In Palermo, panellari are everywhere. Often no more than a window opening to a small kitchen with a few tables outside, these street food vendors offer simple fare: panelle... cici (chickpea) fritters made with chickpea flour, salt and water. A panino (sandwich) with panelle can be eaten for breakfast or lunch by businessmen, construction workers, students and children alike. Panelle have become so popular that you can find them pretty much anywhere in Italy.
Other offerings at penellari include potato croquettes called crocché, made with mashed potatoes, fresh eggs, pepper, mint leaves and caciocavallo cheese. Then there's rascature, an example of the Sicilian idea of never letting anything going to waste. Basically, they are fritters made from the remains of the day--chickpea dough gone too dry to make regular panelle. Finally, you might find quaglie melanzane (sliced, fried eggplant)... "quaglie" means quail in Italian, a name given to the resemblance of this treat to a nesting quail because of it's interesting manner of preparation and presentation: A smallish eggplant is sliced into long strips, then deep fried, but it's stem is left as a handle.
Panelle (Chickpea Fritters) Recipe
Line two 15-by-10-by-1-inch jelly roll pans with plastic wrap.
Pour the water into a saucepan, then slowly whisk in the chickpea flour, a little at a time, to prevent lumps from forming. Whisk in the 2 tsp. salt and the pepper. Place over medium-low heat and bring to a simmer, stirring constantly. Reduce the heat to low and cook, stirring, until the mixture is very thick, about 5 minutes.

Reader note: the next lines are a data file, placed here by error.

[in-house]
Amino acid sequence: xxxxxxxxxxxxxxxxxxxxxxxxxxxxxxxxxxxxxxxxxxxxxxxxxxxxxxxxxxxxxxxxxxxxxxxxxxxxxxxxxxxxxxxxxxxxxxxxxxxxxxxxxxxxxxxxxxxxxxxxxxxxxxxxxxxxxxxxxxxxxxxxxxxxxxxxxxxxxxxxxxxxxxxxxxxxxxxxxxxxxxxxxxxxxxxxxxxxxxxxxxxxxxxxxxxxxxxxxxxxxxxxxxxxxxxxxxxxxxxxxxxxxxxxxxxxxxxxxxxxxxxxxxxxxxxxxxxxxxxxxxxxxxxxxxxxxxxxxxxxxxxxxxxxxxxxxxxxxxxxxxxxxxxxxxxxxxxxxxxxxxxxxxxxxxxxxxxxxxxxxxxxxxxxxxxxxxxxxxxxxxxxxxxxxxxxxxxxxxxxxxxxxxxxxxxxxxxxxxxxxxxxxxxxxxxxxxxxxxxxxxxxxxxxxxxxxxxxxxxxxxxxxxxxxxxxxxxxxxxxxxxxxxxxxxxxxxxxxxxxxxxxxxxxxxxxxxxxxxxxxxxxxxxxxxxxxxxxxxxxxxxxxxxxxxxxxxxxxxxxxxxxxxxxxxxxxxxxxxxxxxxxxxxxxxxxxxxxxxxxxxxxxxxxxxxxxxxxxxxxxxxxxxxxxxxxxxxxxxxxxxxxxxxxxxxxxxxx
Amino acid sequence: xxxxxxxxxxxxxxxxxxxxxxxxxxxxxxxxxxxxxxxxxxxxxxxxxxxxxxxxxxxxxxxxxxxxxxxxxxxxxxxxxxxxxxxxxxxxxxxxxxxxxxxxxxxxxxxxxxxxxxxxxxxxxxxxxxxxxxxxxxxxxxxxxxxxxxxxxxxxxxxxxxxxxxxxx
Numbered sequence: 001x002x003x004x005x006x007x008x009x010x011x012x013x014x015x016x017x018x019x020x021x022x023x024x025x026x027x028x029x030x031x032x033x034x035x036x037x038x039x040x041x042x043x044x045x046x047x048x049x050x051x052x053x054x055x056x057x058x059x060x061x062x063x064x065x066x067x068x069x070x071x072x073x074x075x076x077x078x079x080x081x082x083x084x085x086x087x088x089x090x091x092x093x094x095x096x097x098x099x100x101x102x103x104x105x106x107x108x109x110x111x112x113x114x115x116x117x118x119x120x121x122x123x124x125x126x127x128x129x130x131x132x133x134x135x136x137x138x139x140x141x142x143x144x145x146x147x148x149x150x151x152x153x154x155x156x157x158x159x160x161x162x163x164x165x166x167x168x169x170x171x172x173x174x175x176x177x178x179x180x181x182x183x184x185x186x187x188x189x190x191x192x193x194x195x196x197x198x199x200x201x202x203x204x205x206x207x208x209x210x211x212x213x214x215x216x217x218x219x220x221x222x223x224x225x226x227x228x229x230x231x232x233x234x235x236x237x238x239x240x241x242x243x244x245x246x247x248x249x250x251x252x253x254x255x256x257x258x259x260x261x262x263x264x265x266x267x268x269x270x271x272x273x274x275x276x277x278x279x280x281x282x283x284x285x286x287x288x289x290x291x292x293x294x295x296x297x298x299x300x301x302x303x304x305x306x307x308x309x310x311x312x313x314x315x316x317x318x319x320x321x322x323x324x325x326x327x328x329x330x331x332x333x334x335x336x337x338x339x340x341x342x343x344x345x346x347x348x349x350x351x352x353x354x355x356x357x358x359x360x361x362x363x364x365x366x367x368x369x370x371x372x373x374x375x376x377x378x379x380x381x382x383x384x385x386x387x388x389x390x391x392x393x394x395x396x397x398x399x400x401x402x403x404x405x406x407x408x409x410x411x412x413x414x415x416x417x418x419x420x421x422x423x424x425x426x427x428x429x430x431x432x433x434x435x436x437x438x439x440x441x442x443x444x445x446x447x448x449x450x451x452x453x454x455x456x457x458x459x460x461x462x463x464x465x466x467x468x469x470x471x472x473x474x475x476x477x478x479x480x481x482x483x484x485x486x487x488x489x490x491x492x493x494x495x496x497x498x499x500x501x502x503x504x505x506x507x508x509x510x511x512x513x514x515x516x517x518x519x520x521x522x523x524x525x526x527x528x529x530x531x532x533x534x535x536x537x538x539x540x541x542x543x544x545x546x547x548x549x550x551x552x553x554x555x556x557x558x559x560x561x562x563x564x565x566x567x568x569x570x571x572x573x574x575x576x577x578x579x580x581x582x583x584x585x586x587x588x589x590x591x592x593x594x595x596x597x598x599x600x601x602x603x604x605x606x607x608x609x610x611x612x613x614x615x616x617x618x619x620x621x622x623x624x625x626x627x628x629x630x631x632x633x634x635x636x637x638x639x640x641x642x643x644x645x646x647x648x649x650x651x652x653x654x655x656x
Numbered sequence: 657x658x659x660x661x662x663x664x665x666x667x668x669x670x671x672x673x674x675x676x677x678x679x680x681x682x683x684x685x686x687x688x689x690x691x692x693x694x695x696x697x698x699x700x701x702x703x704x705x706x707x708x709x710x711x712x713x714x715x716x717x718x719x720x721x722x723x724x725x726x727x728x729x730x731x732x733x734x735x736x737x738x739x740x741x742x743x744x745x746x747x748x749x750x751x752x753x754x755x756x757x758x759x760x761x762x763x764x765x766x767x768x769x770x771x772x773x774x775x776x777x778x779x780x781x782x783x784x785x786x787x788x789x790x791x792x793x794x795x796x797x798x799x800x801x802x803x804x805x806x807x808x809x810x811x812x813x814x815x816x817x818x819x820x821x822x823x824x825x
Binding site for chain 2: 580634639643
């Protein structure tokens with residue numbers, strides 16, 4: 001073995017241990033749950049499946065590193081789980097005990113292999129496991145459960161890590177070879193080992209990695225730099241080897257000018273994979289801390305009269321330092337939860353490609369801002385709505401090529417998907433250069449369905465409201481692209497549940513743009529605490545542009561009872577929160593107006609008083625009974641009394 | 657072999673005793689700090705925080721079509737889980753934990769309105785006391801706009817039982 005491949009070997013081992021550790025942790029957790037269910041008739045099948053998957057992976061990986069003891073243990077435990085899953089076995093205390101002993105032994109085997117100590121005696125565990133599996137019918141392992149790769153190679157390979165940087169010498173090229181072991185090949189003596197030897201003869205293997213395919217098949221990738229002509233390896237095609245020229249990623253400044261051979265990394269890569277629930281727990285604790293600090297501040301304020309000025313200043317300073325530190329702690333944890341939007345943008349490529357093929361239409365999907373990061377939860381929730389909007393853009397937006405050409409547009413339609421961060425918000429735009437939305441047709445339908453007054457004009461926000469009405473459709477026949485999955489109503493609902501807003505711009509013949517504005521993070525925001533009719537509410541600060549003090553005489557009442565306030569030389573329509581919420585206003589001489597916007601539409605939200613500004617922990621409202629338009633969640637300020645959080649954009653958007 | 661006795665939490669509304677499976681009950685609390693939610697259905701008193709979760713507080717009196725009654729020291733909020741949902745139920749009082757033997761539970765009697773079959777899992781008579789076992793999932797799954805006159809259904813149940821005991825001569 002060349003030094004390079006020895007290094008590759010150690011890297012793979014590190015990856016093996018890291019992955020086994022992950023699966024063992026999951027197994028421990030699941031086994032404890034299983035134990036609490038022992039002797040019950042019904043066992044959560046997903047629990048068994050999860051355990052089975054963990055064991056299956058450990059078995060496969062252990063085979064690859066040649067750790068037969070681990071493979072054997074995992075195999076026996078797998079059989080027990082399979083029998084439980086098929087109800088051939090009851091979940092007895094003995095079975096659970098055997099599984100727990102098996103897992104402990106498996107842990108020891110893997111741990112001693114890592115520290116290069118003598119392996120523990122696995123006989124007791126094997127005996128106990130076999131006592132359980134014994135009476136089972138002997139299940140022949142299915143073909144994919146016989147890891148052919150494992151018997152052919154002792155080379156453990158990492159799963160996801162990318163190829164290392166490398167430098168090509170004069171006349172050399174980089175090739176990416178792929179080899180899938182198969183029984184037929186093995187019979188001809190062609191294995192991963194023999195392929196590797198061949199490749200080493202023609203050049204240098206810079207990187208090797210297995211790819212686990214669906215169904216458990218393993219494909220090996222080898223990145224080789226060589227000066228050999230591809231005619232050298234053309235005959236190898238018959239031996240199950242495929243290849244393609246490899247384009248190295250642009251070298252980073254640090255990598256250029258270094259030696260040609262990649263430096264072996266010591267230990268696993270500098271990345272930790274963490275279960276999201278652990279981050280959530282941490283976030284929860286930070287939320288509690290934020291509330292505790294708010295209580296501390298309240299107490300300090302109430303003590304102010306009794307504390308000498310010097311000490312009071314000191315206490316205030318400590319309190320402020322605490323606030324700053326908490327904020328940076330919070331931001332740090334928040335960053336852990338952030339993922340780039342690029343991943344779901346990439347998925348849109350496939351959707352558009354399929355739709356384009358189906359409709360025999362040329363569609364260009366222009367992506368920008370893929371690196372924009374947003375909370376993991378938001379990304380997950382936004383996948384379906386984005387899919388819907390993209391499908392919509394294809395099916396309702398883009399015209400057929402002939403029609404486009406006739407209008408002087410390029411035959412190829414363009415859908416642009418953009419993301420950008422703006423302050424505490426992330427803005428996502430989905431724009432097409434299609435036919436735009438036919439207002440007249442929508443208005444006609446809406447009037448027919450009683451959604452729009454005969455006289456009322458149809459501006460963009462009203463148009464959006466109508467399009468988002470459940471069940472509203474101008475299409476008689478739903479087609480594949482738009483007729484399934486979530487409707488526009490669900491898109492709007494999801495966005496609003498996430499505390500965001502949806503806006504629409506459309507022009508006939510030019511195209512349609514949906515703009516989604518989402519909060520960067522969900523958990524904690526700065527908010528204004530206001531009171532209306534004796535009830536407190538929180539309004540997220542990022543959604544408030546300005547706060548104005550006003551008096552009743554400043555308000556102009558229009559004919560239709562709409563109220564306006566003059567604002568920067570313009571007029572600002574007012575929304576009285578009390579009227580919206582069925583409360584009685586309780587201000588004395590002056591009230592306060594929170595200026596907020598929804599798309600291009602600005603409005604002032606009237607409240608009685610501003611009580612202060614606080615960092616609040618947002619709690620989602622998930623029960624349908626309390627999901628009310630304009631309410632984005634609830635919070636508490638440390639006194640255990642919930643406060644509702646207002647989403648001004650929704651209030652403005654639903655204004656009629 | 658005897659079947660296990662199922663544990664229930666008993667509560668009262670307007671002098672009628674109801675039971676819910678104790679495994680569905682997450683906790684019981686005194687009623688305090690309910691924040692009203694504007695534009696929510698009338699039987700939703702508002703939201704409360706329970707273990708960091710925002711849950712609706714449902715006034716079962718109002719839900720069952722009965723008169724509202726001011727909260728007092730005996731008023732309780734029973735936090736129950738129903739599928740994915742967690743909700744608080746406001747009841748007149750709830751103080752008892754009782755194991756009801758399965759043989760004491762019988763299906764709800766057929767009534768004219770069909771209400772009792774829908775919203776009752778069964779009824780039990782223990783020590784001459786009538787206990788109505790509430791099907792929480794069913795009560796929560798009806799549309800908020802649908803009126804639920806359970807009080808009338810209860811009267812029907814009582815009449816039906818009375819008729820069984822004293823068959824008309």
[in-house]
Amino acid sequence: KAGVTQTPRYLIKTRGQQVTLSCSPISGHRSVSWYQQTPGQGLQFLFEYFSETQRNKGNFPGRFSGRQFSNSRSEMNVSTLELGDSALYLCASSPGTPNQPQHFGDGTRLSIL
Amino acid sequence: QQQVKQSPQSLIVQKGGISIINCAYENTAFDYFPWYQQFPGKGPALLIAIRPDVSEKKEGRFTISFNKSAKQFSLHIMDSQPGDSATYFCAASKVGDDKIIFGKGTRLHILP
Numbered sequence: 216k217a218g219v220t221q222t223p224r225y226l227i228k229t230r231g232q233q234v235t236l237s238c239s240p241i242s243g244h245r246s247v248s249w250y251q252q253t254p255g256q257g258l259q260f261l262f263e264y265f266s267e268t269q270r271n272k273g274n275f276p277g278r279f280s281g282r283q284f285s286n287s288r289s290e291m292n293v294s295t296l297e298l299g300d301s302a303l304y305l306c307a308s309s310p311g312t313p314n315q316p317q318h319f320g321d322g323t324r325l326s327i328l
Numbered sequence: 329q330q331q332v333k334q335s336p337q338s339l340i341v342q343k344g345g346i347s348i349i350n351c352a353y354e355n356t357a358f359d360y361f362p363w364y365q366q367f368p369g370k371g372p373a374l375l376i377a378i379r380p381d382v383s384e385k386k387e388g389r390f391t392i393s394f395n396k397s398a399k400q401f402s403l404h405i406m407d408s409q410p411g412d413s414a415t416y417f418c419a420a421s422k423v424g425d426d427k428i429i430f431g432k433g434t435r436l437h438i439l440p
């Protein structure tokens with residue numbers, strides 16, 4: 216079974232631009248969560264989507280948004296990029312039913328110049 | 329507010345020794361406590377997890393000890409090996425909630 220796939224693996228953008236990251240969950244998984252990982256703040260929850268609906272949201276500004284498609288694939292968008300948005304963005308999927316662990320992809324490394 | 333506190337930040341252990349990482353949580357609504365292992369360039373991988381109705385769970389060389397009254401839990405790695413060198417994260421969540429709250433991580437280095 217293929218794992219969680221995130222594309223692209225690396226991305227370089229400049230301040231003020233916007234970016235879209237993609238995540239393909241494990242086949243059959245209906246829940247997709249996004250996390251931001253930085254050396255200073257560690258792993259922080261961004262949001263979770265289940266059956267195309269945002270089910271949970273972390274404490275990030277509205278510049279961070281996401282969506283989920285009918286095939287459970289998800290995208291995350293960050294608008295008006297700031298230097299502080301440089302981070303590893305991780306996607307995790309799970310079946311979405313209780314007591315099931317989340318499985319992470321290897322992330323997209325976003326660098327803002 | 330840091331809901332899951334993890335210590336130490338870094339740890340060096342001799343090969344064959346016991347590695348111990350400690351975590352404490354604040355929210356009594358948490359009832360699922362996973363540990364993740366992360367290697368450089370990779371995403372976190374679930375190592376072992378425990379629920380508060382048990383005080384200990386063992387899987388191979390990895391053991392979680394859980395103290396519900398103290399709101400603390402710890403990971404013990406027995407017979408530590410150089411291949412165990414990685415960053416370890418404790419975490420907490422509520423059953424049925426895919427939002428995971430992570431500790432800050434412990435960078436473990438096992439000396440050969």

Pour the batter into the prepared pans, dividing evenly. Using a rubber spatula dipped in water, quickly spread the batter to a thickness of about 1/4 inch. Let cool completely to set the mixture. (The recipe can be prepared up to this point, covered and refrigerated for up to 1 day before continuing.)
Using a knife, cut the cooled sheets of batter into 3-by-2-inch strips, then peel the strips off the plastic wrap. In a large, deep fry pan over medium heat, pour in oil to a depth of 1/2 inch. Heat until the oil sizzles when a small piece of a strip is dropped into it. Carefully lower a few of the strips into the hot oil; do not crowd the pan. Fry, turning once, until golden brown and slightly puffed, 3 to 4 minutes. Using a slotted spoon, transfer the fritters to paper towels to drain. Keep warm while you fry the remaining pieces.
Arrange the fritters on a warmed platter, season with salt and serve immediately. Serves 8 to 10.
Adapted from Williams-Sonoma Savoring Series, Savoring Italy, by Michele Scicolone (Time-Life Books, 1999).
Try Panelle in a sesame seed roll with some ricotta and honey, or as a finger food with a marinara dipping sauce. They are also great with a sprinkling of cheese and chopped parsley or mint. To be really authentic, serve them wrapped in plain paper along with with a granita, that icy Sicilian drink made of sugar and flavored water.
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